The 802.3 standard will not be amended to cover the ZR PHY.

[edit] 10GBASE-LX4

10GBASE-LX4 uses coarse WDM to support ranges of between 240 metres (790 ft) and 300 metres (980 ft) over legacy multi-mode cabling. This is achieved through the use of four separate laser sources operating at 3.125 Gbit/s in the range of 1300 nm on unique wavelengths. This standard also supports 10 kilometres (6.2 mi) over SMF.

Until 2005 10GBASE-LX4 optical modules were cheaper than 10GBASE-LR optical modules.

10GBASE-LX4 is used by people who want to support both MMF and SMF with a single optical module. Because 10GBASE-LX4 uses four lasers it has a potential cost, size and power disadvantage compared to 10GBASE-LRM.

When used with legacy MMF an expensive mode conditioning patch cord is needed. The mode conditioning patch cord is a short length of SMF which connects to the MMF in such a way to move the beam away from the central defect in the legacy MMF. This is not needed with OM3.

[edit] Copper (10GBASE-X/10GBASE-T)

10G Ethernet can also run over twin-ax and cat 6a cabling as well as backplanes.

[edit] 10GBASE-CX4

10GBASE-CX4 — also known by its working group name 802.3ak — transmits over 4-lanes in each direction over copper cabling similar to the variety used in InfiniBand technology. It is designed to work up to a distance of 15 m (49 ft). This technology has the lowest cost per port of all 10Gb interconnects, at the expense of range. Each device capable of supporting a 10GbE module uses some MSA (Multi-Source Agreement) to provide the actual module connectivity within the device to the outside connector. XENPAK, X2, and XPAK connectors all fit into a standard MSA pinout. CX4 modules exist at least in the XENPAK, X2, and XFP variety, and possible XPAK, although the smaller size makes this configuration more difficult. Each lane of the copper carries 3.125 Gbaud of signaling bandwidth. It is the job of the 802.3ae Clause 48 protocol to manage and synchronize the data flowing between these 4 channels; this functionality is maintained in the PCS. Compare to 10GBASE-R devices, which use the Clause 49 protocol. Clause 48 uses an 8 to 10 bit conversion to accommodate better line signaling, but Clause 49 uses a 64 to 66 bit conversion for this accommodation, which leaves the actual overhead for signaling much tighter than the Clause 48.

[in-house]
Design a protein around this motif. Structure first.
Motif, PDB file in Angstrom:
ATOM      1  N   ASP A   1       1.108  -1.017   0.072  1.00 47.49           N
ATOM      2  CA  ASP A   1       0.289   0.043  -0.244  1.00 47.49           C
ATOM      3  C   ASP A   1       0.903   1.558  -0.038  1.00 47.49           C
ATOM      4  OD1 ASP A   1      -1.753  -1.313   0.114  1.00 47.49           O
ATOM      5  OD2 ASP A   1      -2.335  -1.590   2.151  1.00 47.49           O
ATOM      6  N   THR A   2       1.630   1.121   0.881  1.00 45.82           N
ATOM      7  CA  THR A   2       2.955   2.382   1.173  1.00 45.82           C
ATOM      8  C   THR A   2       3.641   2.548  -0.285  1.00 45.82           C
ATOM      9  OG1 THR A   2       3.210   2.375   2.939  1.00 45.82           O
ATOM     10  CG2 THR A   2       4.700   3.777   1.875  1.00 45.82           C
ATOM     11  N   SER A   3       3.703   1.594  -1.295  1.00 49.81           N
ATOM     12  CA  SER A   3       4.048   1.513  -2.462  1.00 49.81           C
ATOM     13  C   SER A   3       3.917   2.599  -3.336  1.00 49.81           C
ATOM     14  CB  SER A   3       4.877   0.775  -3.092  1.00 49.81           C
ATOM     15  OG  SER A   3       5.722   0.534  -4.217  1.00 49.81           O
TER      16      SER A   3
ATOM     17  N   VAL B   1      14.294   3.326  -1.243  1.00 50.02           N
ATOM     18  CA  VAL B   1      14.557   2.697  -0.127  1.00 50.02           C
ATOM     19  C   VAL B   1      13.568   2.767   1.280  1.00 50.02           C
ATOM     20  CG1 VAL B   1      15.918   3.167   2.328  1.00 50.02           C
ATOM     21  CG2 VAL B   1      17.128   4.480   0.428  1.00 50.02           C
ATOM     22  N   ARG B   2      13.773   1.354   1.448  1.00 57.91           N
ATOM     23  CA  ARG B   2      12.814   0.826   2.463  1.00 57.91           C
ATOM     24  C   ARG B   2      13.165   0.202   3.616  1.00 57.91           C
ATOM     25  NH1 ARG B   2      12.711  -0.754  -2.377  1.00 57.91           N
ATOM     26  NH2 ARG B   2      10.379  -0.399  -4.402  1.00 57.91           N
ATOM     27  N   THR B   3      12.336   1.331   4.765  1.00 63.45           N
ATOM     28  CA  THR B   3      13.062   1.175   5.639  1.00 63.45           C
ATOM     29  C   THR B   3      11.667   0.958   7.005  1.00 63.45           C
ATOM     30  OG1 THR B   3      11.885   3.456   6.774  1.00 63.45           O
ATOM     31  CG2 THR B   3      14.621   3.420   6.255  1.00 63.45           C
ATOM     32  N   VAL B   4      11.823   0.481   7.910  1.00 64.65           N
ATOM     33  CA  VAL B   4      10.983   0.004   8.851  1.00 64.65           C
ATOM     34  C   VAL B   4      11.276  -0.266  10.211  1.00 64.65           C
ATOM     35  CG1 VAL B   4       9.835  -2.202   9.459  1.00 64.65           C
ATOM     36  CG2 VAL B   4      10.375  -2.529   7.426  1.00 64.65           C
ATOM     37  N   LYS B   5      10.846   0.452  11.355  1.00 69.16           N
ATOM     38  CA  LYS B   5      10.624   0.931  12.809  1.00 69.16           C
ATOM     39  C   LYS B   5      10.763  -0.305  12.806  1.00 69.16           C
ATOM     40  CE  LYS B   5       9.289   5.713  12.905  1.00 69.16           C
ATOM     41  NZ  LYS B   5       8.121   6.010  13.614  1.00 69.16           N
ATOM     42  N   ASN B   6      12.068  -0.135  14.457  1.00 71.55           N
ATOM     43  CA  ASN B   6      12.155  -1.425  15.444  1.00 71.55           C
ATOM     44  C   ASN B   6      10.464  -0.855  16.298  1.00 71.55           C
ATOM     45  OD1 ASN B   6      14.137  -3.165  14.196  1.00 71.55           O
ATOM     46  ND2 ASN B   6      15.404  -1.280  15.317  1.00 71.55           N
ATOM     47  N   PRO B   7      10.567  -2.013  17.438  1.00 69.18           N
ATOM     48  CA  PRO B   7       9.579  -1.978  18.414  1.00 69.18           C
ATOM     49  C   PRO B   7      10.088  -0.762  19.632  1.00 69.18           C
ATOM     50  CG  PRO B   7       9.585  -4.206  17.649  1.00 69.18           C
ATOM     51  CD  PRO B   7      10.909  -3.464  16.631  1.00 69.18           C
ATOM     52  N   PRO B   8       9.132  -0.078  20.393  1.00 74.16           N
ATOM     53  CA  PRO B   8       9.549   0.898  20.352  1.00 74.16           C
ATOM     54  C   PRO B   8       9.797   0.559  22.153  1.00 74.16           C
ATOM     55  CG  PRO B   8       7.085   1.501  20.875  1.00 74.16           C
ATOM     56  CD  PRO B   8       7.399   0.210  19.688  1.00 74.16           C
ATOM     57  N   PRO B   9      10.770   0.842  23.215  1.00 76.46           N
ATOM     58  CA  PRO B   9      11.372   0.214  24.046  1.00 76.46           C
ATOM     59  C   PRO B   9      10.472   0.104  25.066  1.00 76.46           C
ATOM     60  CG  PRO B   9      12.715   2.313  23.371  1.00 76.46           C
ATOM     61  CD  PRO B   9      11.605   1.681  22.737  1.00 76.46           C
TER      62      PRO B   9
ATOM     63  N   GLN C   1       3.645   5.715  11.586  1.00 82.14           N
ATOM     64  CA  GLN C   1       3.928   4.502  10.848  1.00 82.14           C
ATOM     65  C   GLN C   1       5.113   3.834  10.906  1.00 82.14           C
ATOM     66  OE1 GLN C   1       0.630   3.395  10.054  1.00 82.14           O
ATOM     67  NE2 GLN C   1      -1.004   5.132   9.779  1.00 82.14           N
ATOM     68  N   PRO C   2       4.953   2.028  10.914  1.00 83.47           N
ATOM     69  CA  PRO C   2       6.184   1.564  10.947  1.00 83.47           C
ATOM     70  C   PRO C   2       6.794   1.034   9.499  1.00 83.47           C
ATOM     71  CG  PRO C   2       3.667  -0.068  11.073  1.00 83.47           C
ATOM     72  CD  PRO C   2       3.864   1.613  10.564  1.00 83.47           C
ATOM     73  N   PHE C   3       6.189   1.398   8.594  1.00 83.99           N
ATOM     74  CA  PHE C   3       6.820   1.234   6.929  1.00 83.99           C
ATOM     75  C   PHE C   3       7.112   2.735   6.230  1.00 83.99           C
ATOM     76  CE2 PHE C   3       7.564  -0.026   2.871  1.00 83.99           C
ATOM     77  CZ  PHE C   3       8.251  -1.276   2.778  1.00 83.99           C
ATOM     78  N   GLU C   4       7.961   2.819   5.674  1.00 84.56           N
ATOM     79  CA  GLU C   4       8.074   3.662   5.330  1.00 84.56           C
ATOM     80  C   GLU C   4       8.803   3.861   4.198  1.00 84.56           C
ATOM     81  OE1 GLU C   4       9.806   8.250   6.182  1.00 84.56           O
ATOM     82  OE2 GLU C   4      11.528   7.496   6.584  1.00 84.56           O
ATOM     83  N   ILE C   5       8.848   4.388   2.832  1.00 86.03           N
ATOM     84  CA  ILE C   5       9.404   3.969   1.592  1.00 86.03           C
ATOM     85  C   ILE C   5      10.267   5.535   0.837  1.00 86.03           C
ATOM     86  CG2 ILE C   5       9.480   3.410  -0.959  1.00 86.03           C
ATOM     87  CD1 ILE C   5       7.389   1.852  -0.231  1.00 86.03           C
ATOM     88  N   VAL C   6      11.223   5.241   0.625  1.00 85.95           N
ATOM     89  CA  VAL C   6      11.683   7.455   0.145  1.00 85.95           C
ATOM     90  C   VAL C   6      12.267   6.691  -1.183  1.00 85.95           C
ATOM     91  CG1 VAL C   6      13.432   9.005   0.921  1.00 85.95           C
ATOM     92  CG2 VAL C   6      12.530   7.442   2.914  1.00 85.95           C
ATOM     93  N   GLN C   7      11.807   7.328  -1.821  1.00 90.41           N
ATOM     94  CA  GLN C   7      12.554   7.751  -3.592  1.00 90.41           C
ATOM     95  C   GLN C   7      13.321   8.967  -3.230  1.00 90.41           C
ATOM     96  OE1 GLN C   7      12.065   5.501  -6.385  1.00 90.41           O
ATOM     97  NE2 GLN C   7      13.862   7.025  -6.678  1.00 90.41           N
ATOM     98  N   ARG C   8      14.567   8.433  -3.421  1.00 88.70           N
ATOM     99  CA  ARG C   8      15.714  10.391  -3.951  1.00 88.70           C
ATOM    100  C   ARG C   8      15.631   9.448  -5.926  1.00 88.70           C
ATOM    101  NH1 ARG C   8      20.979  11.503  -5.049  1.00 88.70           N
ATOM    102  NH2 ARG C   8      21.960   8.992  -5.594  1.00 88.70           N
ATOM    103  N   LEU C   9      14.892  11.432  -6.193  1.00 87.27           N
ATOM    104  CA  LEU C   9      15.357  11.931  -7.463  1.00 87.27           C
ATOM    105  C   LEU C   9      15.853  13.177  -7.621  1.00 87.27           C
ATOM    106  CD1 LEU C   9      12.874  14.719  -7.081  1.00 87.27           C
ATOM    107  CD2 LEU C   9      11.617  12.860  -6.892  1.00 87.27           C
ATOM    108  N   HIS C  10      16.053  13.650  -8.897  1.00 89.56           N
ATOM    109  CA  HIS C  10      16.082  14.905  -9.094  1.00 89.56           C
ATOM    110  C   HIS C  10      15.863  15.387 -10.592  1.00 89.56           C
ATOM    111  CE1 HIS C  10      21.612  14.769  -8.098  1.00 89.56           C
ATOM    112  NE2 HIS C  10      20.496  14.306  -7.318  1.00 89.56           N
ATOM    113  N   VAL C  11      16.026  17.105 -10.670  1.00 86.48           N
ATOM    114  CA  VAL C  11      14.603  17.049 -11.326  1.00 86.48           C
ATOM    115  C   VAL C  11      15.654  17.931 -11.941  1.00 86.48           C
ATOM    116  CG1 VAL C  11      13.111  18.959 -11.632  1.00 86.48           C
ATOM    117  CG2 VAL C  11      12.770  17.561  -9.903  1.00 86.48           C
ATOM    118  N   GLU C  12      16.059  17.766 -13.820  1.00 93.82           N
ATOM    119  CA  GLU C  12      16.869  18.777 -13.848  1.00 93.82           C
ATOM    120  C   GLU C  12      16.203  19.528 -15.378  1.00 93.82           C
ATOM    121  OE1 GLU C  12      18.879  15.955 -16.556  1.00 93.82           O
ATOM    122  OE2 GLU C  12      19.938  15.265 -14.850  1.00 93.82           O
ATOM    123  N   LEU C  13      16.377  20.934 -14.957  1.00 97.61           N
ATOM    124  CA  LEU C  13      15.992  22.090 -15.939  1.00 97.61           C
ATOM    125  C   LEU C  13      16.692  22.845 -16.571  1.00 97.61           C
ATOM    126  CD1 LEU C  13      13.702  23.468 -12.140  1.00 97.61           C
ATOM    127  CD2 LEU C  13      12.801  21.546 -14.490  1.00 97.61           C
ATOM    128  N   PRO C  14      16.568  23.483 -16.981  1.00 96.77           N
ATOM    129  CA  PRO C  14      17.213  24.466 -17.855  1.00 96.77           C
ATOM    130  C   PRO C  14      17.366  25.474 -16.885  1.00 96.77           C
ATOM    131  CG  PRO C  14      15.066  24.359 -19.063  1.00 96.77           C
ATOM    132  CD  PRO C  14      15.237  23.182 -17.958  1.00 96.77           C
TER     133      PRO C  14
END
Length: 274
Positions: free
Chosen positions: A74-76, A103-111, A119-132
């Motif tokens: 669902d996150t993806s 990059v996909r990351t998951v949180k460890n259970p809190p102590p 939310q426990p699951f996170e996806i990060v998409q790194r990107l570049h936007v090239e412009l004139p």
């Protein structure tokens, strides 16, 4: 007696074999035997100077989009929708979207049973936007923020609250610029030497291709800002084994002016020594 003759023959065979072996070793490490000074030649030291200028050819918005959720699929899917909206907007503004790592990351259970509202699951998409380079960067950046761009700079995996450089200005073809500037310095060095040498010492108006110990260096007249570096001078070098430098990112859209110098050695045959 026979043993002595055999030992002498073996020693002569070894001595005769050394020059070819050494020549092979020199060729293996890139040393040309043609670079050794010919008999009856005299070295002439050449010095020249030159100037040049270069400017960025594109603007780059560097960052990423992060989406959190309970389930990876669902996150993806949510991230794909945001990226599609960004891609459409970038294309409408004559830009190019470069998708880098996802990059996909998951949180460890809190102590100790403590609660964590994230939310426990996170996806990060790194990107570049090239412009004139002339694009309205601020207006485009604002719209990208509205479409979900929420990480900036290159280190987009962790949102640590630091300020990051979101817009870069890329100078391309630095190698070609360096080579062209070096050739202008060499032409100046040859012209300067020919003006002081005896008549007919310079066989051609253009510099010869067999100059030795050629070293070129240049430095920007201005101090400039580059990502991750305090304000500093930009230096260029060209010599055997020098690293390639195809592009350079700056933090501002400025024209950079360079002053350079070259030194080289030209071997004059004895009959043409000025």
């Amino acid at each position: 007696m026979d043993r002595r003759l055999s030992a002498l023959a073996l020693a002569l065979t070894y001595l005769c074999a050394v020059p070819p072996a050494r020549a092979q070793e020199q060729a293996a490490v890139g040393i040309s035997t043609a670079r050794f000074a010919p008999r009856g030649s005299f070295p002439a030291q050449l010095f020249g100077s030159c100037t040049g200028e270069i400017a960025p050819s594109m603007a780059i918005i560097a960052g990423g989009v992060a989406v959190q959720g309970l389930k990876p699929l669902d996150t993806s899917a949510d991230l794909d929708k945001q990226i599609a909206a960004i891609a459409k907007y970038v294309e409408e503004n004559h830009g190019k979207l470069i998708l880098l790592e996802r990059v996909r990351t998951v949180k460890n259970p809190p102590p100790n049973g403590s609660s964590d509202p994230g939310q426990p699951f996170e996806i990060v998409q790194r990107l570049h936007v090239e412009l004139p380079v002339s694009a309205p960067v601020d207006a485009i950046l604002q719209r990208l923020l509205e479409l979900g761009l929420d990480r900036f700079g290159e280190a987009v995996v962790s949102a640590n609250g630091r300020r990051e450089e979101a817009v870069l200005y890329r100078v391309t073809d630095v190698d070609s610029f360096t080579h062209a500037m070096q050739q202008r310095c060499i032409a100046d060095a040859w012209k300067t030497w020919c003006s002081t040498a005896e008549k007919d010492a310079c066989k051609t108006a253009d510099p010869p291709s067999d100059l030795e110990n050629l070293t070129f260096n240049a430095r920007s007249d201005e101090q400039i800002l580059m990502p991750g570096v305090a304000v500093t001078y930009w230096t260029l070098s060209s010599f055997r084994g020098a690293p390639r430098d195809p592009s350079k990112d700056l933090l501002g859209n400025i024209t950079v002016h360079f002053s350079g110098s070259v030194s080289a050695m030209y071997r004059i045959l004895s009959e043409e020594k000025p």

10GBASE-CX4 offers the advantages of low power, low cost and low latency, but has a bigger form factor than SFP+.

[edit] SFP+ Direct Attach (10GSFP+Cu)

This uses a passive twin-ax cable assembly and connects directly into an SFP+ housing. It has a range of 10 m and like 10GBASE-CX4 is low power, low cost and low latency with the added advantage of having the small form factor of SFP+. SFP+ Direct Attach is expected to be the optimum solution for reaches of 10 m. [9]

[edit] 10GBASE-KX4 and 10GBASE-KR

Backplane Ethernet — also known by its working group name 802.3ap — is used in backplane applications such as blade servers and routers/switches with upgradable line cards. 802.3ap implementations are required to operate in an environment comprising up to 1 metre (39 in) of copper printed circuit board with two connectors. The standard provides for two different implementations at 10Gbit/s: 10GBASE-KX4 and 10GBASE-KR. 10Gbase-KX4 uses the same physical layer coding (defined in IEEE 802.3 Clause 48) as 10GBASE-CX4. 10GBASE-KR uses the same coding (defined in IEEE 802.3 Clause 49) as 10GBASE-LR/ER/SR. The 802.3ap standard also defines an optional layer for FEC, a backplane autonegotiation protocol and link training where the receiver can set a three tap transmit equalizer.

[edit] 10GBASE-T

10GBASE-T, or IEEE 802.3an-2006, is a standard released in 2006 to provide 10 gigabit/second connections over unshielded or shielded twisted pair cables, over distances up to 100 metres (330 ft). [10] 10GBASE-T cable infrastructure can also be used for 1000BASE-T allowing a gradual upgrade from 1000BASE-T using autonegotiation to select which speed to use. 10GBASE-T has higher latency and consumes more power than other 10 gigabit Ethernet physical layers. In 2008 10GBASE-T silicon is now available from several manufacturers [11][12][13][14] with claimed power dissipation of 6W and a latency approaching 1 microsecond [15].